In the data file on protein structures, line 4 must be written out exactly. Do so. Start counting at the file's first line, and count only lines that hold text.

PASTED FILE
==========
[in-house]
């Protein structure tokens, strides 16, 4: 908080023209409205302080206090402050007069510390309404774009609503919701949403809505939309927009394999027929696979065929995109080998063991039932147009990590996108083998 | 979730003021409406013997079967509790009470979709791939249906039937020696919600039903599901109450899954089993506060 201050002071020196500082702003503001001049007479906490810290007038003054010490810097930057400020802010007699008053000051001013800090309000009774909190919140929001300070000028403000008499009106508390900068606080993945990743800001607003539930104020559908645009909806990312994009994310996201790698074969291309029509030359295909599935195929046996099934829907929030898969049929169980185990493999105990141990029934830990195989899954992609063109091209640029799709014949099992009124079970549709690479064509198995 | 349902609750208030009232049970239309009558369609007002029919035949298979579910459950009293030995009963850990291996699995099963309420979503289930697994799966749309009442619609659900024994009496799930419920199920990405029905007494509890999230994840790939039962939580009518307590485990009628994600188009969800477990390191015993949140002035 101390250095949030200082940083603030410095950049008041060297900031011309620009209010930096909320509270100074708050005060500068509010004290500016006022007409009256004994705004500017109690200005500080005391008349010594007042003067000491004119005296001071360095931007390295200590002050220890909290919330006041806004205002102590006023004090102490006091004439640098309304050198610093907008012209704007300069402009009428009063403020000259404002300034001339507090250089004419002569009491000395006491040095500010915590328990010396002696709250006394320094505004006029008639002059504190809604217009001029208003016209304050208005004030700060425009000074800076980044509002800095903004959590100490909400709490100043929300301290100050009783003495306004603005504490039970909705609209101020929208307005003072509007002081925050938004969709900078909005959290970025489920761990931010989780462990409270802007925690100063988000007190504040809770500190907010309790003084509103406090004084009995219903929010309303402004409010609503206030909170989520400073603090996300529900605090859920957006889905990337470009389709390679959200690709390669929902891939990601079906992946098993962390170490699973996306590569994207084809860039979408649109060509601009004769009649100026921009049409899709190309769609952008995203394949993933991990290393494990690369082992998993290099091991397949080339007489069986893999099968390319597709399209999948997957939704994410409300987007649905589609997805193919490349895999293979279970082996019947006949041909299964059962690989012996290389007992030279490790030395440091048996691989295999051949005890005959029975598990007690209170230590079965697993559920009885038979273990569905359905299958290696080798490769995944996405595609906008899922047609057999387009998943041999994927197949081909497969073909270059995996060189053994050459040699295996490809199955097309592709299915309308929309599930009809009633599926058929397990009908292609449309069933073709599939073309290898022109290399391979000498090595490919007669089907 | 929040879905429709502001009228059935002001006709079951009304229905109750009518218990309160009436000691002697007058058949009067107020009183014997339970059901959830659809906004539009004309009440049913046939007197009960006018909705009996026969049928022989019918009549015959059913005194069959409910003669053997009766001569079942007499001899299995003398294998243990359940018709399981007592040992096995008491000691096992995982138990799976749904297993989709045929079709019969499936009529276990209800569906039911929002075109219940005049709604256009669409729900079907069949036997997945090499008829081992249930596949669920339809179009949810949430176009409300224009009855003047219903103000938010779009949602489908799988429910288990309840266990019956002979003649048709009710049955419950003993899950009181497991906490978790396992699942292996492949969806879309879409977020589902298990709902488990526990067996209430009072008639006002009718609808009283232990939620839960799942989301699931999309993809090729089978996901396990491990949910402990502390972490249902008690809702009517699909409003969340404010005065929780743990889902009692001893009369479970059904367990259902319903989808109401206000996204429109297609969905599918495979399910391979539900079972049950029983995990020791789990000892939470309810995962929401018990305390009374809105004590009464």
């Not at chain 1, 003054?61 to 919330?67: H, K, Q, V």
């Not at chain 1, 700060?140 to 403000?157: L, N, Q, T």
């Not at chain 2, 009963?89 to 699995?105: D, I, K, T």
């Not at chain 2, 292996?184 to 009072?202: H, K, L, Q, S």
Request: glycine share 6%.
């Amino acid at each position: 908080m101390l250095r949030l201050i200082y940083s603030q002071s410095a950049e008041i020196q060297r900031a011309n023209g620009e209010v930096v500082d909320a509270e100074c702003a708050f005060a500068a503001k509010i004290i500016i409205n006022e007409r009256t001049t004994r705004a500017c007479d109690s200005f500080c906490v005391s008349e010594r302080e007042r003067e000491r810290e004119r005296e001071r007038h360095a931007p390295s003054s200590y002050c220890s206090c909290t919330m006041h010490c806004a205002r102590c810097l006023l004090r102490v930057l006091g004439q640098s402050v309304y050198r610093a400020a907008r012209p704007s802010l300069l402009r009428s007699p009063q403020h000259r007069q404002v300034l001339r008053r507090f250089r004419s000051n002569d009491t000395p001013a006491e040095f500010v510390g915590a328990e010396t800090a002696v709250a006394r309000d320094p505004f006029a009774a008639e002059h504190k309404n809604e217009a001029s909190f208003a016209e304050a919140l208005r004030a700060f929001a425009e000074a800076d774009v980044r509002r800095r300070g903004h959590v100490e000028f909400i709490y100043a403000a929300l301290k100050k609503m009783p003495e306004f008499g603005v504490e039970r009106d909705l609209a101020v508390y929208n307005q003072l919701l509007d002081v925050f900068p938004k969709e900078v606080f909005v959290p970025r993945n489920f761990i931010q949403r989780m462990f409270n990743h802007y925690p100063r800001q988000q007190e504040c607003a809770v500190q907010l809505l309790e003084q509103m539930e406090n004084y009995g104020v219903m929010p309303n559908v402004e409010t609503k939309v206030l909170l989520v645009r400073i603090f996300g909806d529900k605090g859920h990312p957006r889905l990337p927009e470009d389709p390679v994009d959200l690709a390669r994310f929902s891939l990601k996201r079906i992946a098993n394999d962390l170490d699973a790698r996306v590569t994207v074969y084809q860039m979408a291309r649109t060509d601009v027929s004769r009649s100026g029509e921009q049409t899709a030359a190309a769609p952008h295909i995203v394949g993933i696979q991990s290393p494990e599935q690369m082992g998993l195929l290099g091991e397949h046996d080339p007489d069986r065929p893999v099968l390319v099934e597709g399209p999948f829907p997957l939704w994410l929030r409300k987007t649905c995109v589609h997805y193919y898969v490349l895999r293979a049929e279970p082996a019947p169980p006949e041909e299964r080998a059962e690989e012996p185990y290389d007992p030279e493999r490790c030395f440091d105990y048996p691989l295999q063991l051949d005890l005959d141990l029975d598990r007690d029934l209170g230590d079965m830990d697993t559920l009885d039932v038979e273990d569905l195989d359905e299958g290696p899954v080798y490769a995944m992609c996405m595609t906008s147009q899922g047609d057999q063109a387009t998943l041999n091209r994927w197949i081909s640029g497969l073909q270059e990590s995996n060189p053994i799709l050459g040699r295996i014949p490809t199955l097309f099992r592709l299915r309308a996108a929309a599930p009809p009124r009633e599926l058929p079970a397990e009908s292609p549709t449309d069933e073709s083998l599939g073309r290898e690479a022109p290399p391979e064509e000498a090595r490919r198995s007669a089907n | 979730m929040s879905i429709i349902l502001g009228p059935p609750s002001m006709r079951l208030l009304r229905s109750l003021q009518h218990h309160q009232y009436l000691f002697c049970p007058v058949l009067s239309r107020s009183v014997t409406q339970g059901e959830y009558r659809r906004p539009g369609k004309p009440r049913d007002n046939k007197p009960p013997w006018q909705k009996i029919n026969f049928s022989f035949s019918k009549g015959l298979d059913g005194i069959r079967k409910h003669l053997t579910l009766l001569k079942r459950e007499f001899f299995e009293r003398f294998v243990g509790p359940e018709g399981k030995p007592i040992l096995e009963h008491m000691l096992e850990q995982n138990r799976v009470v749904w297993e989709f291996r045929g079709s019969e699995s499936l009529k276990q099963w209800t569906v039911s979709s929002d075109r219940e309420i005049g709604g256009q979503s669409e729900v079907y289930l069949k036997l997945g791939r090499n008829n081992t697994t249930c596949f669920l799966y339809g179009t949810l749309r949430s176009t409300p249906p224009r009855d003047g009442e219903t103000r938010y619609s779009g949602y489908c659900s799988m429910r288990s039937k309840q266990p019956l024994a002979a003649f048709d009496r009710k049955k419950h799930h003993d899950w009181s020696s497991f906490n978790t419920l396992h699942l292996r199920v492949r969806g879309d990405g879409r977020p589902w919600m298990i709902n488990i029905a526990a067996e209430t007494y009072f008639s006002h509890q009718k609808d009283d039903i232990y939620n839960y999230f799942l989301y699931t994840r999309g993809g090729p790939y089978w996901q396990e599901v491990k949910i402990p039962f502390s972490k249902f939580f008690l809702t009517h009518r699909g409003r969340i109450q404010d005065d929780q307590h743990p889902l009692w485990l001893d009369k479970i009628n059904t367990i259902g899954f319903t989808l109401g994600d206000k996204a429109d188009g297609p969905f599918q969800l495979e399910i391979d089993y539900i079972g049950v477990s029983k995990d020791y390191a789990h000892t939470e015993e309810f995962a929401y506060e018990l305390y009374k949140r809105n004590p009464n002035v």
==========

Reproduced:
């Not at chain 1, 700060?140 to 403000?157: L, N, Q, T």